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With the advent of the filament-wound glass fiber — resin pressure vessel, a material unlike any encountered previously was brought into the field. Metals and plastics having anisotropic structures have been commonplace, to be sure, but a two-phase system consisting of fibers of high tensile strnegth embedded in a matrix of softer plastic was a new situation. The old testing problems, such as physical property testing, thickness gaging, defect detection, and so on, were still present, but a host of new structural parameters requiring nondestructive examination were found to exist. In many instances the “tried-and-proven” non destructive test methods were ineffective for extracting needed structural information. A fortuitous exception to this was radiography, without which the entire glass fiber rocket motor case program would have been retarded.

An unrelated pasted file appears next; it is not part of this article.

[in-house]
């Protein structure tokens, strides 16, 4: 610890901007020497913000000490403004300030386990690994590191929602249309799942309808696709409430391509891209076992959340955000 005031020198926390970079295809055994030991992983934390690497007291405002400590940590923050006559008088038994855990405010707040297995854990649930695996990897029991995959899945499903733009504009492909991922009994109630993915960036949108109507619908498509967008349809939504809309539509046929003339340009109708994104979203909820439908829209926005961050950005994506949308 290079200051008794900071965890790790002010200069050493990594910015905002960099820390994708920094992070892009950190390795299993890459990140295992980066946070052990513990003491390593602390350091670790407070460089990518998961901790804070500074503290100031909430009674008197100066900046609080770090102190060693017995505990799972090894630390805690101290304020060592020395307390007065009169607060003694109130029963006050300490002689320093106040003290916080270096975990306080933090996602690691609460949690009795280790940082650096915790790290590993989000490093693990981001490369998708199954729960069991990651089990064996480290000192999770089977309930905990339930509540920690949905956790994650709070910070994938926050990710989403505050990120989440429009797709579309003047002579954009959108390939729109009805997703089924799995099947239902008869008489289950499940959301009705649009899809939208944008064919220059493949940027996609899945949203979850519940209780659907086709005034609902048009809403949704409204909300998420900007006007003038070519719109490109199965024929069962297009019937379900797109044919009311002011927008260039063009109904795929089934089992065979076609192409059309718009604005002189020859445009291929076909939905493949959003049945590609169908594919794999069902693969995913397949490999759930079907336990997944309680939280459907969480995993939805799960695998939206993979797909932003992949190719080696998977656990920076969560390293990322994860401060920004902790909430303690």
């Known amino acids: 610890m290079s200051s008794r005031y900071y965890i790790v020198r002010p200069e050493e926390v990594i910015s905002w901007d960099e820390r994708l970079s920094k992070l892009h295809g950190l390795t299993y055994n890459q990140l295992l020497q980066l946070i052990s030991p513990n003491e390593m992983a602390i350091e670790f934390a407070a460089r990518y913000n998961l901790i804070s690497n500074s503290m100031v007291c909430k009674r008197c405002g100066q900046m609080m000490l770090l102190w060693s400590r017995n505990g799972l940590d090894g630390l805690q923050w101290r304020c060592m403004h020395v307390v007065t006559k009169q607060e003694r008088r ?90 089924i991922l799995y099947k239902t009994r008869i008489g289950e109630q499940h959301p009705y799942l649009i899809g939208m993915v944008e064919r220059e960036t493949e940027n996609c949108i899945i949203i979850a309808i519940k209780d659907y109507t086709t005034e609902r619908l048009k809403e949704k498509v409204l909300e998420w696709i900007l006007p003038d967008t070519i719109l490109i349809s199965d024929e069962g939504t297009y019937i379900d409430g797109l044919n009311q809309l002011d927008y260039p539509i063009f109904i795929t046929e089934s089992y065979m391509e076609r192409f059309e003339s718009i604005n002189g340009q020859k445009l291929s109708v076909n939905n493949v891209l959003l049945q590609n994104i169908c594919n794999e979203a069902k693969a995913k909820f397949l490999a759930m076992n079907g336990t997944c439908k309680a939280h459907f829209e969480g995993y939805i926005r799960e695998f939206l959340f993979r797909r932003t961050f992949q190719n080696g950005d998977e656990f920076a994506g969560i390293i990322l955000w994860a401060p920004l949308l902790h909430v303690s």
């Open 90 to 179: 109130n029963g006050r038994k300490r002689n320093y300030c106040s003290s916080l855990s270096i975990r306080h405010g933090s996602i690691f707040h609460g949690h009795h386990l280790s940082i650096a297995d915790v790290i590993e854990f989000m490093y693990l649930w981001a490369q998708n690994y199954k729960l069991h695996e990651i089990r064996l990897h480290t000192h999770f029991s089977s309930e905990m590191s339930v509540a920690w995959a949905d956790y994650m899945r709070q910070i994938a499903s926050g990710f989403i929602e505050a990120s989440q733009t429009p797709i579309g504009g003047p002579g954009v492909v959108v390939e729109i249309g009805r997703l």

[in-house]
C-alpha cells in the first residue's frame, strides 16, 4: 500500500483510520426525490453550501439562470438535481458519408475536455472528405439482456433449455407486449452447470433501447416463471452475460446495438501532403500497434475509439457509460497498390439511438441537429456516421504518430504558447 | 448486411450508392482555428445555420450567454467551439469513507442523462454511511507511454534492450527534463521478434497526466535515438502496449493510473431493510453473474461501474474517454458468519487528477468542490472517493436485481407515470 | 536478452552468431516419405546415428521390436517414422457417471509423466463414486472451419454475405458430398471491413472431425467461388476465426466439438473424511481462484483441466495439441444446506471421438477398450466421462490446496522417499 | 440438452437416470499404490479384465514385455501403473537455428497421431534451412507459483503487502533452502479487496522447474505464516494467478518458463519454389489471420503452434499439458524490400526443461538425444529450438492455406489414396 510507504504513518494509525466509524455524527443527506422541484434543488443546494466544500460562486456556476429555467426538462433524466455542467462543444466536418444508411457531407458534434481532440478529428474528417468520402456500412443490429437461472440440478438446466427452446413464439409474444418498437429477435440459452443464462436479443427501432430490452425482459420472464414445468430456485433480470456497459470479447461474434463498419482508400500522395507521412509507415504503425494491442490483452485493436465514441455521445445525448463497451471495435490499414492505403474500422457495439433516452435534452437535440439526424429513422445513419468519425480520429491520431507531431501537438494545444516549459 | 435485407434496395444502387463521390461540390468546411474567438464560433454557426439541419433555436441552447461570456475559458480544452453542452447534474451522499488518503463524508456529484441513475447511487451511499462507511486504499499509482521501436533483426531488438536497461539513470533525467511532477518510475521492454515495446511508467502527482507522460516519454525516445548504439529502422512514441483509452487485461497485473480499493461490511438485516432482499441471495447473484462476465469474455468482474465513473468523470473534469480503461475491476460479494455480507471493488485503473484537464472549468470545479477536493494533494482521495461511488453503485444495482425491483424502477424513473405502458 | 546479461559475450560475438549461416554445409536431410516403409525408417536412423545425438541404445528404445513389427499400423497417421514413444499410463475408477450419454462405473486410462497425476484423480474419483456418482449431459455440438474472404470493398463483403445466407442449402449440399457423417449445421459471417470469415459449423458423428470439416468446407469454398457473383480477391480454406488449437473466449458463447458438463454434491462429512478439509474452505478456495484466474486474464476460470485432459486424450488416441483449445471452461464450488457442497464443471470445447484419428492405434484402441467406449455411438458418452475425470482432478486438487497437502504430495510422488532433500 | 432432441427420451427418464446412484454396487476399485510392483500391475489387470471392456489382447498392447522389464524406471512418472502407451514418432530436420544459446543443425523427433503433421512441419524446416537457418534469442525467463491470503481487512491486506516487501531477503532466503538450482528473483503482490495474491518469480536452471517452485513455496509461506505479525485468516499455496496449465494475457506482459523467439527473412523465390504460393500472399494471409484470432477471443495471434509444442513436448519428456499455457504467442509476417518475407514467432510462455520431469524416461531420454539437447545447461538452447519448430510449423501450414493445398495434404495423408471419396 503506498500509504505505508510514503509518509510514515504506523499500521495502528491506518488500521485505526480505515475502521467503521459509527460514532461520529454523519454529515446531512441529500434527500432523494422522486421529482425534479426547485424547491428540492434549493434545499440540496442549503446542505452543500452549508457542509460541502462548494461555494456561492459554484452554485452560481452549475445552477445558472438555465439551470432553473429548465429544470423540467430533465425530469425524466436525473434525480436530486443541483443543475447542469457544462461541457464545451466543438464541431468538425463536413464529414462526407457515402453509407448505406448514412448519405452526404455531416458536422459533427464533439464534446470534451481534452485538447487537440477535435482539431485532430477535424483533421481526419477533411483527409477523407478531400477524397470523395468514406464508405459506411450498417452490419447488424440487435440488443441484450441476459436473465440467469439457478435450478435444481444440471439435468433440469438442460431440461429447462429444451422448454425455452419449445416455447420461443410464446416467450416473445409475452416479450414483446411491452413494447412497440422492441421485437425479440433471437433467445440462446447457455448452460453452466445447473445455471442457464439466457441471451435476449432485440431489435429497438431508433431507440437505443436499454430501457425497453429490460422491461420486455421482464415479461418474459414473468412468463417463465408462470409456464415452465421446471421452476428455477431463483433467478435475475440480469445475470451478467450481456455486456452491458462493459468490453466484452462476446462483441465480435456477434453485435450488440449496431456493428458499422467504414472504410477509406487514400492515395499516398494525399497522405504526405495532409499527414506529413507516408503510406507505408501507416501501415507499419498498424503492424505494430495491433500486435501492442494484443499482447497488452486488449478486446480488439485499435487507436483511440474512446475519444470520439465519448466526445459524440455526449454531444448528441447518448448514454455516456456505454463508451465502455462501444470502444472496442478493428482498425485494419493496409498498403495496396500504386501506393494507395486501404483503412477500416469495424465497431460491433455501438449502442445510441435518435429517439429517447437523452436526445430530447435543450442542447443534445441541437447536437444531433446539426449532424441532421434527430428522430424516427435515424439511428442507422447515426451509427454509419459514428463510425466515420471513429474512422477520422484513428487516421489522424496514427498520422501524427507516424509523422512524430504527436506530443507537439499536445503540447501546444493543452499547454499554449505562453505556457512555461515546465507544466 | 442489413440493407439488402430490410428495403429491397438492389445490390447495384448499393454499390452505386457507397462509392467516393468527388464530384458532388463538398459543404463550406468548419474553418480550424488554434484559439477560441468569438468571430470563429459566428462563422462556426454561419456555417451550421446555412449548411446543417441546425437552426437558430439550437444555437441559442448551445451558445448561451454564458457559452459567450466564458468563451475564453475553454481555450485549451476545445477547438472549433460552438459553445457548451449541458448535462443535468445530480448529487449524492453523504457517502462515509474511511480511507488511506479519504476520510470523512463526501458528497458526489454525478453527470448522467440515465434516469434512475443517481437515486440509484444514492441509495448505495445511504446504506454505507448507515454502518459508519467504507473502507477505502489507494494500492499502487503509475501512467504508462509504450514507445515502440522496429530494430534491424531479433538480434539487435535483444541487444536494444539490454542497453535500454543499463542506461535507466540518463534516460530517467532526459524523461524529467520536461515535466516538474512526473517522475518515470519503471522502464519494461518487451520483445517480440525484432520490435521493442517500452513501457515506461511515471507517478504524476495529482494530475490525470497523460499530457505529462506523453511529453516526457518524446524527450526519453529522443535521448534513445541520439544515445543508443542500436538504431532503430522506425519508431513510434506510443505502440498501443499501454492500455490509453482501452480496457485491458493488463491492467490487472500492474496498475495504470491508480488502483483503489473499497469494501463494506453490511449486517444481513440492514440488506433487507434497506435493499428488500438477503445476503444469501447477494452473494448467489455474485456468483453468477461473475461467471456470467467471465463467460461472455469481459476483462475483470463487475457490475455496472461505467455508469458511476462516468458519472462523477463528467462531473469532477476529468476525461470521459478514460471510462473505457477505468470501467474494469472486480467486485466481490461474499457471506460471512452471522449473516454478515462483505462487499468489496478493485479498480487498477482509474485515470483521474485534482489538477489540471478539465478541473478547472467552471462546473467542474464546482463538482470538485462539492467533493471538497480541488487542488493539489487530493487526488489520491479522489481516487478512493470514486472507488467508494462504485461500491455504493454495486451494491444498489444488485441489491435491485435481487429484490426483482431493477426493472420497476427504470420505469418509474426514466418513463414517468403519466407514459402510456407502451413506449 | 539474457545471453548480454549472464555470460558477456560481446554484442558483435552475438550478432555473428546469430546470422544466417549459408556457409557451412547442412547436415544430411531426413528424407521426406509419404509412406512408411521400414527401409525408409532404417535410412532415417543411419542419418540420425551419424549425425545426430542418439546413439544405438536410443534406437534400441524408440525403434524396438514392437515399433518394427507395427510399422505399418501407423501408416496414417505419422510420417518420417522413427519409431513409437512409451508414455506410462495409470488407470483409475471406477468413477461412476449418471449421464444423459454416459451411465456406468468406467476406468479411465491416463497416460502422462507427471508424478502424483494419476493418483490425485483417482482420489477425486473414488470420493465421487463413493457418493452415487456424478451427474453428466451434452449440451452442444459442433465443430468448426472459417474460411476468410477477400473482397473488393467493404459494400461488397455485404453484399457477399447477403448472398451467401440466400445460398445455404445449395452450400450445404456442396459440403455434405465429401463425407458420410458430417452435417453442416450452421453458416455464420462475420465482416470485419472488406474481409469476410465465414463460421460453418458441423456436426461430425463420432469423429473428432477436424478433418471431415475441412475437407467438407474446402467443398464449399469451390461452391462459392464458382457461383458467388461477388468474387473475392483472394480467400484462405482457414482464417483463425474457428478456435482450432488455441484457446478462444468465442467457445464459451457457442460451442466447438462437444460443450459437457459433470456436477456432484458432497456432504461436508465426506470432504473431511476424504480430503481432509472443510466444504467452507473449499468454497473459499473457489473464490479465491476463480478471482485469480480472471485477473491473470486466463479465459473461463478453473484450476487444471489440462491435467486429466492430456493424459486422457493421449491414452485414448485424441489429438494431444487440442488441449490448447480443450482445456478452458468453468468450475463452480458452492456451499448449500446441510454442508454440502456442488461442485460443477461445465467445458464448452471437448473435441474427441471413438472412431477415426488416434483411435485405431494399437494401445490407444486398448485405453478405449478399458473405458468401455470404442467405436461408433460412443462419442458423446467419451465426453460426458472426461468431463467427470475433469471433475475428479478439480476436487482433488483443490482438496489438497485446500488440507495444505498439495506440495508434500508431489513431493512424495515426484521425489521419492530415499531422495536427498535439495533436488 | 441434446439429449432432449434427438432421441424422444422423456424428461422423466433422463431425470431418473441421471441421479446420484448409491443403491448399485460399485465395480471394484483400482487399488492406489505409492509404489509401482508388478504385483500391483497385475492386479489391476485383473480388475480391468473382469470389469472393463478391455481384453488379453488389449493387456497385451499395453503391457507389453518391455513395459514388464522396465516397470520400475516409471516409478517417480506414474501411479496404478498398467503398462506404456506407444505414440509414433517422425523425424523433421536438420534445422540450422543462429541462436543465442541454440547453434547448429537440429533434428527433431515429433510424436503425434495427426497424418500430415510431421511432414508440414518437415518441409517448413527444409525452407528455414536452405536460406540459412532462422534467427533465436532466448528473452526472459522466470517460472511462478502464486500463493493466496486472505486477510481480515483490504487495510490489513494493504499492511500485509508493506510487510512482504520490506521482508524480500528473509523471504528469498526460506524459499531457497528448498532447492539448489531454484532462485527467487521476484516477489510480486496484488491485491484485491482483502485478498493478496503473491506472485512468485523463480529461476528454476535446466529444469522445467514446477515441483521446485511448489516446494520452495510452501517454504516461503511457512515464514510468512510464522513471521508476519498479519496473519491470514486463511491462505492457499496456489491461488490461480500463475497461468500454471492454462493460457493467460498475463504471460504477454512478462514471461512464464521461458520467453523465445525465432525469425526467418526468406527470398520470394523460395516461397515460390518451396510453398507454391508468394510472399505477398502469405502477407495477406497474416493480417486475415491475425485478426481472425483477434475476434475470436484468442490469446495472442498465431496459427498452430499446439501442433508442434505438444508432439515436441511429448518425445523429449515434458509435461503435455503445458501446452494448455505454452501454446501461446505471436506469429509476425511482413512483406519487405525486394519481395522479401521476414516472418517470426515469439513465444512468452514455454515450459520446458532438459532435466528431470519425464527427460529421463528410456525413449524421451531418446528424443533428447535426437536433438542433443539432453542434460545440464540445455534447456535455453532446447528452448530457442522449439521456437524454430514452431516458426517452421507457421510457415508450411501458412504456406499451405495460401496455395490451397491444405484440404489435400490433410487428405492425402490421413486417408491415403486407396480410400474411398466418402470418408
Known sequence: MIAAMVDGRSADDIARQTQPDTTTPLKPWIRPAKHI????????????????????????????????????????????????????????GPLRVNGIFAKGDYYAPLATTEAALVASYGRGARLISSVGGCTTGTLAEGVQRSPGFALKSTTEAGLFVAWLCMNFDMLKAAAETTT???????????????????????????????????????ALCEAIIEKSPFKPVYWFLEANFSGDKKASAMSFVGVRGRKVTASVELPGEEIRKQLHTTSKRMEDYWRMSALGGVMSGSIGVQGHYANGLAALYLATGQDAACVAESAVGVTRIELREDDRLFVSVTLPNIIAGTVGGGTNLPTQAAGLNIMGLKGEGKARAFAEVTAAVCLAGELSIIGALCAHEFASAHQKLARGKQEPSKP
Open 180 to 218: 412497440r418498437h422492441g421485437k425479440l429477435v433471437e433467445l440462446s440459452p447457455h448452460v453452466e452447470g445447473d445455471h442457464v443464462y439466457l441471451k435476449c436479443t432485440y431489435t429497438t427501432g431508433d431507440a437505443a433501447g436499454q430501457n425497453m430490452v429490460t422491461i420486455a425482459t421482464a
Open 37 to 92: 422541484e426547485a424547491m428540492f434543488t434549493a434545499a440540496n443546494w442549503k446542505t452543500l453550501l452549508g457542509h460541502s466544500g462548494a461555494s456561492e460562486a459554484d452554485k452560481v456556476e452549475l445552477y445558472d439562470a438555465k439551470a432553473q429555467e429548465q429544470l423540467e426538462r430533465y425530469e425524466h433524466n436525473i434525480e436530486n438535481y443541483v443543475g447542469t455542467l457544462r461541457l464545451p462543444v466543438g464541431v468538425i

Dane Harvey, E.
Staff Physicist, Allegany Ballistics Laboratory, Cumberland, Md